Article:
Official Records of the Rebellion

Official Records of the Rebellion: Volume Eleven, Chapter 23, Part 1: Peninsular Campaign: Reports

The Document

Split 1: Introduction

No. 10.

Report of Surgeon Charles S. Tripler, U. S. Army, Medical Director, Army of the Potomac, of operations from March 17 to July 3.

DETROIT, MICH., February 7, 1863.

GENERAL: In compliance with your instructions I have the honor to submit the following report of the operations of the medical department of the Army of the Potomac during the time I was connected with it as medical director:

This time naturally divides itself into two periods: The first (Part I appears in Series I, Vol. V, pp. 76—113) embracing the time from the beginning of the organization of that army to that of its taking the field; the second from the latter time to the completion of the change of base to Harrison’s Landing, on the James River.

* * * * * * *


The army being about to take the field, certain measures preparatory to the movement suggested themselves.

I may mention here that a great deal of presumptuous intermeddling with the medical department of this army occurred from time to time. [178] Sensation preachers, village doctors, and strong-minded women, suddenly smitten with a more intimate knowledge and thorough perception of the duties and administration of the medical department of an army than I had been able to acquire in more than thirty years’ experience and study, obtruded their crude suggestions, and marring when they could not make, and paralyzing when they attempted to quicken, succeeded by their uninformed zeal, innocently enough, perhaps, but not the less unfortunately on that account, in defeating measures I had much at heart, had carefully contemplated, and intended to carry into effect at the proper time.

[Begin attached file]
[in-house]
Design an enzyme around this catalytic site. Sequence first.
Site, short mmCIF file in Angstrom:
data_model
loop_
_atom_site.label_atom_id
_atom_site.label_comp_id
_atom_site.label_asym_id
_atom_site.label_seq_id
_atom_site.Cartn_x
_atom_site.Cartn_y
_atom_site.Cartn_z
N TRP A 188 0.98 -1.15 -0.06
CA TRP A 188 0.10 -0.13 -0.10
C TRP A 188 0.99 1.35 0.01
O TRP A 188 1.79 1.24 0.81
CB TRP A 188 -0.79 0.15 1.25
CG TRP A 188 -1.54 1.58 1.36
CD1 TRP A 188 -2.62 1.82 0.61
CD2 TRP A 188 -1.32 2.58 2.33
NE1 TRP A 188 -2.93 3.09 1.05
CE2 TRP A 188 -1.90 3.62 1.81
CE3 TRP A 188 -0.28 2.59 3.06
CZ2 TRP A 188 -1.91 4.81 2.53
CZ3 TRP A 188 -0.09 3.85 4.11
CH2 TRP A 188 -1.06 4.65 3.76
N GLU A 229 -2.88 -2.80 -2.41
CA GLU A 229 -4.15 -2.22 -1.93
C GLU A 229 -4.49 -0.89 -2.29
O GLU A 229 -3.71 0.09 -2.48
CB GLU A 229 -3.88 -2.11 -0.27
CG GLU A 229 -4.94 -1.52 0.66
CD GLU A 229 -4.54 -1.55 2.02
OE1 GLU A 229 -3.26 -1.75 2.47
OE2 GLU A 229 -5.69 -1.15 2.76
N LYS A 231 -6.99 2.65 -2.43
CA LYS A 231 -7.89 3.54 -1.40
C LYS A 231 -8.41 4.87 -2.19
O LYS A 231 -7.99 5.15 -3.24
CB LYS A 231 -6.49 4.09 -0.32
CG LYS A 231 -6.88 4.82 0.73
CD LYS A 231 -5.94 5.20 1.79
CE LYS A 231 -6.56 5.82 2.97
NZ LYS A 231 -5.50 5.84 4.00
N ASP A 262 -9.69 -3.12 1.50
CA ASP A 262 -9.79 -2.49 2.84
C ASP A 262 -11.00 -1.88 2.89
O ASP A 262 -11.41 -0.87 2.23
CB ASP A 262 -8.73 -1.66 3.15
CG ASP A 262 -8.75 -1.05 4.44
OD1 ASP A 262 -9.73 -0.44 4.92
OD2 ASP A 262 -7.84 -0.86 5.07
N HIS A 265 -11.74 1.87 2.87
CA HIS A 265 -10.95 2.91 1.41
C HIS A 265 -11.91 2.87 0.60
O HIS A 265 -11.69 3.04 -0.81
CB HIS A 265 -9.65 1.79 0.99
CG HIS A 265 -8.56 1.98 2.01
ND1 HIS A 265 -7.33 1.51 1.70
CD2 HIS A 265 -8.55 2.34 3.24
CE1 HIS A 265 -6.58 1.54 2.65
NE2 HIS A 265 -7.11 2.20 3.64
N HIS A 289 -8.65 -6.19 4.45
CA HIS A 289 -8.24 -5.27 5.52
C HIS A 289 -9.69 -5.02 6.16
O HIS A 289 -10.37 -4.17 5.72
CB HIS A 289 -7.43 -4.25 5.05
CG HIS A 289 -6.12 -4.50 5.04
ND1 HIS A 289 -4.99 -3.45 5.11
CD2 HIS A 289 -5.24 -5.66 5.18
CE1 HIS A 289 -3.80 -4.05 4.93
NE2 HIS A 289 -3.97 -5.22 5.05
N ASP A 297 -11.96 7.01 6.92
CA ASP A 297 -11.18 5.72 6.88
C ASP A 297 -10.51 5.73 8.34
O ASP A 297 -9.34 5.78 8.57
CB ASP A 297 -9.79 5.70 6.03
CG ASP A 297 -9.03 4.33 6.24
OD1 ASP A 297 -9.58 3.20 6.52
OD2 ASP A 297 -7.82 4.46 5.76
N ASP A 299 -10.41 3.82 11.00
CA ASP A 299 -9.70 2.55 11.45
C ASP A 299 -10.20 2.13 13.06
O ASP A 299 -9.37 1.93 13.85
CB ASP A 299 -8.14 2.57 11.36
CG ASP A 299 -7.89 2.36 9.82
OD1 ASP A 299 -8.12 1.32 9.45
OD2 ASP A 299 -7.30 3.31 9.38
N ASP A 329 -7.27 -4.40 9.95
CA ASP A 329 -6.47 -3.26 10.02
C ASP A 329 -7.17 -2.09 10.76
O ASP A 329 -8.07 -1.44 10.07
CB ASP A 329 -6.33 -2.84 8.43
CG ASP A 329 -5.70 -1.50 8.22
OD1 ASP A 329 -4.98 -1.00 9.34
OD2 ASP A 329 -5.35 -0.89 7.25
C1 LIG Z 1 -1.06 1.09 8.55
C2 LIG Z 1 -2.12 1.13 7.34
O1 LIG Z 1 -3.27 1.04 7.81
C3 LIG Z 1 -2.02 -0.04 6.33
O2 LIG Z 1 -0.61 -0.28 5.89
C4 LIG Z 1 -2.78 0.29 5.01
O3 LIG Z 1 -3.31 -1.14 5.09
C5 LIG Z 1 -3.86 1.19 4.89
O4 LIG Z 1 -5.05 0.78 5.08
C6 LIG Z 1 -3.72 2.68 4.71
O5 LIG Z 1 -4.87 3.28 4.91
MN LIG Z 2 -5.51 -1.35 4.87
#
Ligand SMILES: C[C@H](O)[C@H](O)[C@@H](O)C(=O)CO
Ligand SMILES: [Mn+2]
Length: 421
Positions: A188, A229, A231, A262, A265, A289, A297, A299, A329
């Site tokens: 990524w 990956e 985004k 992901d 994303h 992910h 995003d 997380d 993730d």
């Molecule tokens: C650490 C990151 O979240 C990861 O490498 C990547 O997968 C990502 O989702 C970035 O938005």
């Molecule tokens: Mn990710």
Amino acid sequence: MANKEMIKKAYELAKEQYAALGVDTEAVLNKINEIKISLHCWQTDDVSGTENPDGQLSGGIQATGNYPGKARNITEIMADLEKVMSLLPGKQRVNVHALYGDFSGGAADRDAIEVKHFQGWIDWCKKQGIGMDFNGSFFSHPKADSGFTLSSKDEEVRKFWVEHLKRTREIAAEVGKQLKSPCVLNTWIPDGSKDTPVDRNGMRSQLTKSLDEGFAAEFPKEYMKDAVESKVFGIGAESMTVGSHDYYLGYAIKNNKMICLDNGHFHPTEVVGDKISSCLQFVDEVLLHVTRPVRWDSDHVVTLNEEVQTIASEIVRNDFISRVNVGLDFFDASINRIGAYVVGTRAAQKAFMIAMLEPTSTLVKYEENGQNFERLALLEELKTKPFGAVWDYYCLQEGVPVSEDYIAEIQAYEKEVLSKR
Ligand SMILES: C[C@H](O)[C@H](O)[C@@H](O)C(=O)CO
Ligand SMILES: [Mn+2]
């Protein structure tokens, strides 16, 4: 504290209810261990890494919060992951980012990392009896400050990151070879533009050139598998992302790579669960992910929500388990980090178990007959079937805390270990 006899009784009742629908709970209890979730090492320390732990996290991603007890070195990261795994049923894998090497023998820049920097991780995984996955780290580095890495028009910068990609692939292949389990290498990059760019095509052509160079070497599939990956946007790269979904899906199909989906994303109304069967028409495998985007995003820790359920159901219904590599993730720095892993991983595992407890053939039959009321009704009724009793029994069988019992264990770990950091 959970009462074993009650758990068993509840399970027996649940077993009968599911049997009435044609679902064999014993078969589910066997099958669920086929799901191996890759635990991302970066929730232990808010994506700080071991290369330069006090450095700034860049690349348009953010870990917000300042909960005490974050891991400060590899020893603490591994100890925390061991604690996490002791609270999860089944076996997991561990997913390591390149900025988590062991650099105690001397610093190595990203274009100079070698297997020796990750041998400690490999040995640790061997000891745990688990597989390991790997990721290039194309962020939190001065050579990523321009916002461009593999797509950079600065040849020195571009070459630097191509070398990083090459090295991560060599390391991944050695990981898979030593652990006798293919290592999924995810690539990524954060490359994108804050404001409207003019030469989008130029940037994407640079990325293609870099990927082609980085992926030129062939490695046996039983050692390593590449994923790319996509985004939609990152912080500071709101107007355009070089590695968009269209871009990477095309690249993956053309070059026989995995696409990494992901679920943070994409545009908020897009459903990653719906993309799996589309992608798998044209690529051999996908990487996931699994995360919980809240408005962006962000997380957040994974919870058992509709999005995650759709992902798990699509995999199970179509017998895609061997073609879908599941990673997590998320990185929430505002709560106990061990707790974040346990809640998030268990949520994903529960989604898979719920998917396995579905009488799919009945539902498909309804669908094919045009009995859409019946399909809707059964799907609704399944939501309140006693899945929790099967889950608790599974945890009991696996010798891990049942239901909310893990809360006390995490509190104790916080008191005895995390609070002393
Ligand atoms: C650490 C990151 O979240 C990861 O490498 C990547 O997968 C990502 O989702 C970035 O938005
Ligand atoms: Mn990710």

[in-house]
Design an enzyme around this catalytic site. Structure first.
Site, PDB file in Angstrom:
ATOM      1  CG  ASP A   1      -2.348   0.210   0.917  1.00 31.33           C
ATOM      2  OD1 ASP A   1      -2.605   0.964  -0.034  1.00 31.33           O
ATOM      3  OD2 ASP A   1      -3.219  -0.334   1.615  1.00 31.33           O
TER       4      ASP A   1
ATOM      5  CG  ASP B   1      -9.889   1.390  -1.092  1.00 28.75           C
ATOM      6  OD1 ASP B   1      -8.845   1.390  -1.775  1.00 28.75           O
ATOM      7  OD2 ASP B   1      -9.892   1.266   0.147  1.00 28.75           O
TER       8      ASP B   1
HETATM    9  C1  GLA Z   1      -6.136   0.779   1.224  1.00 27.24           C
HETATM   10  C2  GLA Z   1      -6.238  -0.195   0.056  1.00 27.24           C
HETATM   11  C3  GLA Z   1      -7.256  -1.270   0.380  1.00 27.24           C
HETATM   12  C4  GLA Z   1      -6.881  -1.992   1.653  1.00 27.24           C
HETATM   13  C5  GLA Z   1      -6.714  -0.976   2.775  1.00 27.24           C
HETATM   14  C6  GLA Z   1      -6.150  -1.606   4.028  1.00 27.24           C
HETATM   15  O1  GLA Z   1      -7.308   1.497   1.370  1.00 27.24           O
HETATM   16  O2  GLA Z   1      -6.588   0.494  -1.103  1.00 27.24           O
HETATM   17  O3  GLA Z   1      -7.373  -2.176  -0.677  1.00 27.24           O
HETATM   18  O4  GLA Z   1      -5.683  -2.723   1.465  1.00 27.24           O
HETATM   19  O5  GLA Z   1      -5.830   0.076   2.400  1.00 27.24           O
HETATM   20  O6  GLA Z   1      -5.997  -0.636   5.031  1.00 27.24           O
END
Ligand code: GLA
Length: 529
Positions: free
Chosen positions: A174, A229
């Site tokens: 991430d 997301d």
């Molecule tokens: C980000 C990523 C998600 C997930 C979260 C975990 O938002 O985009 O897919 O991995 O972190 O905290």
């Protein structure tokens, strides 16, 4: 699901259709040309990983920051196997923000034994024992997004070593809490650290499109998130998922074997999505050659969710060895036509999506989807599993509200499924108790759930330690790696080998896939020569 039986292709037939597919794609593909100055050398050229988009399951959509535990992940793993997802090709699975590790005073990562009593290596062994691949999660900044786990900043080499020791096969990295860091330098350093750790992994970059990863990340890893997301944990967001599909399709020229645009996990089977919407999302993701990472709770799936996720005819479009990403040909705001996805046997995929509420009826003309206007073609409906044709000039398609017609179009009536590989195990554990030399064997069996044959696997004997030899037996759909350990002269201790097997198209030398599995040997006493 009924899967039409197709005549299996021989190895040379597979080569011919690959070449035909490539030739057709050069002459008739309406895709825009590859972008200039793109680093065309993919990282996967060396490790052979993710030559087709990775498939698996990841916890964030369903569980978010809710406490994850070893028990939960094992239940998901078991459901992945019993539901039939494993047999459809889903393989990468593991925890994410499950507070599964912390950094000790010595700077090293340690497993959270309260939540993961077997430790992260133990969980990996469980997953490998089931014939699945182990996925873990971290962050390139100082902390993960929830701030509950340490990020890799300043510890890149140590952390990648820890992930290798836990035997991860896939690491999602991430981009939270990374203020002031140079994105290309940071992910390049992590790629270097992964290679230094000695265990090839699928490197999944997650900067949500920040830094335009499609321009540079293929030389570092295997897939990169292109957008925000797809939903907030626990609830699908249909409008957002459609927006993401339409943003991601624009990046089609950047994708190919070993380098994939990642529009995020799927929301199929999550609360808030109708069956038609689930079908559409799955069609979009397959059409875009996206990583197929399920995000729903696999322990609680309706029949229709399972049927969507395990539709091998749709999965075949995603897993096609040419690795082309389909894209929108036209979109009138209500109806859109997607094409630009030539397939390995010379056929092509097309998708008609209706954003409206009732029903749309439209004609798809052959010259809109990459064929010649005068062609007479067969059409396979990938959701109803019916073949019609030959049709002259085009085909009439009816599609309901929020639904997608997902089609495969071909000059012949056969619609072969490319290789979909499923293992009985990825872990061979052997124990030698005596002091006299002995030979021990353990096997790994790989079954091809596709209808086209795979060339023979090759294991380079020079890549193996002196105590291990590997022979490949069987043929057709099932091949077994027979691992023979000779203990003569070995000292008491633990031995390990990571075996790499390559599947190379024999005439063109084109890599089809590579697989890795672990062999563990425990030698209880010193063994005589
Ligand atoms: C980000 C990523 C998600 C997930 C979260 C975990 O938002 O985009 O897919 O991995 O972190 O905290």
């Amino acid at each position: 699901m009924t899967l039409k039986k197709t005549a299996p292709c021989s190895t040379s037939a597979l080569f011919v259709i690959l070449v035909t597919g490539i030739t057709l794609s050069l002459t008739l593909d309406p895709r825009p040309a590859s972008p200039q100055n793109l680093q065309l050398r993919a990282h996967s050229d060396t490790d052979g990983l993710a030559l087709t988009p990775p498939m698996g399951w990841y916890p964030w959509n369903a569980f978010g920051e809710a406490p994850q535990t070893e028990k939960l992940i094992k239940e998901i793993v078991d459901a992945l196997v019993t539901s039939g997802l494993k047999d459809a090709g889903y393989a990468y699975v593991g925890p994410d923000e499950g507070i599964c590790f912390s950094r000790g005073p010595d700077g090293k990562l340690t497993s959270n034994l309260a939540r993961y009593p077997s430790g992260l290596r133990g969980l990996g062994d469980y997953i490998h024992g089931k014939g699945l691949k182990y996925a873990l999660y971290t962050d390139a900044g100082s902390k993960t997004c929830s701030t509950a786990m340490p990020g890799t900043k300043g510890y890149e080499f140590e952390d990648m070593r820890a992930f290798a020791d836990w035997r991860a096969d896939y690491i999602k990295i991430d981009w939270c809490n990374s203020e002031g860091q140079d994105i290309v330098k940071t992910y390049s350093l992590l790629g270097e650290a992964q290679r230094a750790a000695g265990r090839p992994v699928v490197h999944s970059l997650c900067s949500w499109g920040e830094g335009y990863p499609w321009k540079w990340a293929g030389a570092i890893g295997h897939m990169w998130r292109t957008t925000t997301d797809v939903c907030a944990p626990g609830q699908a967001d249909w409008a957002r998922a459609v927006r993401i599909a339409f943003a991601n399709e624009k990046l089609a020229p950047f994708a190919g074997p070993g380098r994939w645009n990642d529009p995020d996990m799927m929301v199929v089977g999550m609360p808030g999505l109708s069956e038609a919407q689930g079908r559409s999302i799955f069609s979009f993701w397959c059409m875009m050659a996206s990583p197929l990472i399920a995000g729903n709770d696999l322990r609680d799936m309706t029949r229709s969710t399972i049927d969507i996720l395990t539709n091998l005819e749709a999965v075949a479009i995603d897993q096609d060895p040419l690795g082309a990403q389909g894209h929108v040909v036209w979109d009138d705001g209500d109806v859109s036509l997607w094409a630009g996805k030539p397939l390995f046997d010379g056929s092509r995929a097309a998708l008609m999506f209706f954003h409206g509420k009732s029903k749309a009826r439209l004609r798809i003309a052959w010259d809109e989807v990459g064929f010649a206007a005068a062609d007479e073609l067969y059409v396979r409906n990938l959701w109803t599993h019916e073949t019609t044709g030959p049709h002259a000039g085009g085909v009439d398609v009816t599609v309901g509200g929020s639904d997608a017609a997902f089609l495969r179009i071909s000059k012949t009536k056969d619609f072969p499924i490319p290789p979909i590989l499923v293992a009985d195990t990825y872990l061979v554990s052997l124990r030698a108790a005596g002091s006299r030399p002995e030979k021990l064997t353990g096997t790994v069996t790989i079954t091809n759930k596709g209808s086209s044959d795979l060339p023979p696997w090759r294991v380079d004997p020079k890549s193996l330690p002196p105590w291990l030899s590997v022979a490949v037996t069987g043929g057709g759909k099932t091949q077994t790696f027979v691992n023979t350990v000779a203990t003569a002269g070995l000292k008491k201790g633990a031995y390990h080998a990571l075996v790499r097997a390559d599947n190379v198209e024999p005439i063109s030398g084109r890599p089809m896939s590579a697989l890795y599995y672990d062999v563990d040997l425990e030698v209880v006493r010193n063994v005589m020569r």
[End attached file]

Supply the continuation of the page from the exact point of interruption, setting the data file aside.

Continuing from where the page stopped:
There were a number of medical officers of the army on duty in the hospitals in Washington who in my opinion ought to have taken the field when the army moved, and it had always been my intention to put them there at that time; but while the hospital system was being organized their services were required in instructing others without military experience in the method of administering those establishments, that they might be made capable of carrying them on when the public service should require the regular medical officers in the field. In the middle of January some members of the Sanitary Commission undertook to regulate this matter for me, by urging that citizens should be employed in the hospitals and the army surgeons sent into the field, at the same time asserting that citizens were as capable of performing the hospital duties as the officers—a matter about which they knew nothing, and as to which they were not called upon to express nor competent to form an opinion. In the end I was defeated in this very matter. I might, perhaps, have accomplished it if I had been let alone.